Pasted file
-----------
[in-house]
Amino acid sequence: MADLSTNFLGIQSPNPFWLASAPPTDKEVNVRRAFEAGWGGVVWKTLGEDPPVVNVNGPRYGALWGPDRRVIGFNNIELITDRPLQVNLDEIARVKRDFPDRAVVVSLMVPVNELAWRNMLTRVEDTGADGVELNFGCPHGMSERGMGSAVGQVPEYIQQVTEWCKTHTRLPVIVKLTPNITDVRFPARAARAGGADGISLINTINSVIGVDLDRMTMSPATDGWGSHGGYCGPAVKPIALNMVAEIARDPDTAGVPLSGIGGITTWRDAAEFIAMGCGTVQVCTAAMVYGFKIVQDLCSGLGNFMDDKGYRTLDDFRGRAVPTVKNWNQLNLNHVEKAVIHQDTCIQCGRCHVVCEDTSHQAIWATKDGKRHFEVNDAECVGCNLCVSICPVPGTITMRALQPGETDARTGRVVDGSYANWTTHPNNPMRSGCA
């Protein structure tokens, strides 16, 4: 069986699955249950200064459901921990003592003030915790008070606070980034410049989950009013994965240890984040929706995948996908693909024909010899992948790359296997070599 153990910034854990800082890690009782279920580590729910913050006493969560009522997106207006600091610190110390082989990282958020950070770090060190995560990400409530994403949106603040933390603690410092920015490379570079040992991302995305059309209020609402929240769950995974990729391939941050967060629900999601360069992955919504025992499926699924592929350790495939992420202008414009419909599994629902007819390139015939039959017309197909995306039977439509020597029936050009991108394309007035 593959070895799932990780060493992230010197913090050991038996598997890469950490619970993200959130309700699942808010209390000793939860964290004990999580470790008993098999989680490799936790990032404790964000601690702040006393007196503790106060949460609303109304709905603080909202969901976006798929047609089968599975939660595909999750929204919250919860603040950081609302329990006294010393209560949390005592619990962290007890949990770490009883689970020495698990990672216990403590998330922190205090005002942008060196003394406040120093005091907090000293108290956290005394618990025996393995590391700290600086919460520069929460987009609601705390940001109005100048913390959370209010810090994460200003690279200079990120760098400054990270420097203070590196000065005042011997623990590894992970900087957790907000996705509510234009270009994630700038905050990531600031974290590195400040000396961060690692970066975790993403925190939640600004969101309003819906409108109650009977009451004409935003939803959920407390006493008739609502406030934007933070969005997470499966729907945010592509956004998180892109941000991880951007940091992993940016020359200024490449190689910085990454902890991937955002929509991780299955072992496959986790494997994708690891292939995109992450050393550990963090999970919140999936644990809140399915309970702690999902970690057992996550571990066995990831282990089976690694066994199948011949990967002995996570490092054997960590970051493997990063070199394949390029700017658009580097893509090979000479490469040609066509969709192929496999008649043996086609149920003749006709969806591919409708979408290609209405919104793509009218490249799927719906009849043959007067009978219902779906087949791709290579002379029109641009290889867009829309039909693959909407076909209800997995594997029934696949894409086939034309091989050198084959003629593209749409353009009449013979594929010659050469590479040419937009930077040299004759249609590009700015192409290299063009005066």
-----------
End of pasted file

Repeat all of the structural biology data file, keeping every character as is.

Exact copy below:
[in-house]
Amino acid sequence: MADLSTNFLGIQSPNPFWLASAPPTDKEVNVRRAFEAGWGGVVWKTLGEDPPVVNVNGPRYGALWGPDRRVIGFNNIELITDRPLQVNLDEIARVKRDFPDRAVVVSLMVPVNELAWRNMLTRVEDTGADGVELNFGCPHGMSERGMGSAVGQVPEYIQQVTEWCKTHTRLPVIVKLTPNITDVRFPARAARAGGADGISLINTINSVIGVDLDRMTMSPATDGWGSHGGYCGPAVKPIALNMVAEIARDPDTAGVPLSGIGGITTWRDAAEFIAMGCGTVQVCTAAMVYGFKIVQDLCSGLGNFMDDKGYRTLDDFRGRAVPTVKNWNQLNLNHVEKAVIHQDTCIQCGRCHVVCEDTSHQAIWATKDGKRHFEVNDAECVGCNLCVSICPVPGTITMRALQPGETDARTGRVVDGSYANWTTHPNNPMRSGCA
């Protein structure tokens, strides 16, 4: 069986699955249950200064459901921990003592003030915790008070606070980034410049989950009013994965240890984040929706995948996908693909024909010899992948790359296997070599 153990910034854990800082890690009782279920580590729910913050006493969560009522997106207006600091610190110390082989990282958020950070770090060190995560990400409530994403949106603040933390603690410092920015490379570079040992991302995305059309209020609402929240769950995974990729391939941050967060629900999601360069992955919504025992499926699924592929350790495939992420202008414009419909599994629902007819390139015939039959017309197909995306039977439509020597029936050009991108394309007035 593959070895799932990780060493992230010197913090050991038996598997890469950490619970993200959130309700699942808010209390000793939860964290004990999580470790008993098999989680490799936790990032404790964000601690702040006393007196503790106060949460609303109304709905603080909202969901976006798929047609089968599975939660595909999750929204919250919860603040950081609302329990006294010393209560949390005592619990962290007890949990770490009883689970020495698990990672216990403590998330922190205090005002942008060196003394406040120093005091907090000293108290956290005394618990025996393995590391700290600086919460520069929460987009609601705390940001109005100048913390959370209010810090994460200003690279200079990120760098400054990270420097203070590196000065005042011997623990590894992970900087957790907000996705509510234009270009994630700038905050990531600031974290590195400040000396961060690692970066975790993403925190939640600004969101309003819906409108109650009977009451004409935003939803959920407390006493008739609502406030934007933070969005997470499966729907945010592509956004998180892109941000991880951007940091992993940016020359200024490449190689910085990454902890991937955002929509991780299955072992496959986790494997994708690891292939995109992450050393550990963090999970919140999936644990809140399915309970702690999902970690057992996550571990066995990831282990089976690694066994199948011949990967002995996570490092054997960590970051493997990063070199394949390029700017658009580097893509090979000479490469040609066509969709192929496999008649043996086609149920003749006709969806591919409708979408290609209405919104793509009218490249799927719906009849043959007067009978219902779906087949791709290579002379029109641009290889867009829309039909693959909407076909209800997995594997029934696949894409086939034309091989050198084959003629593209749409353009009449013979594929010659050469590479040419937009930077040299004759249609590009700015192409290299063009005066």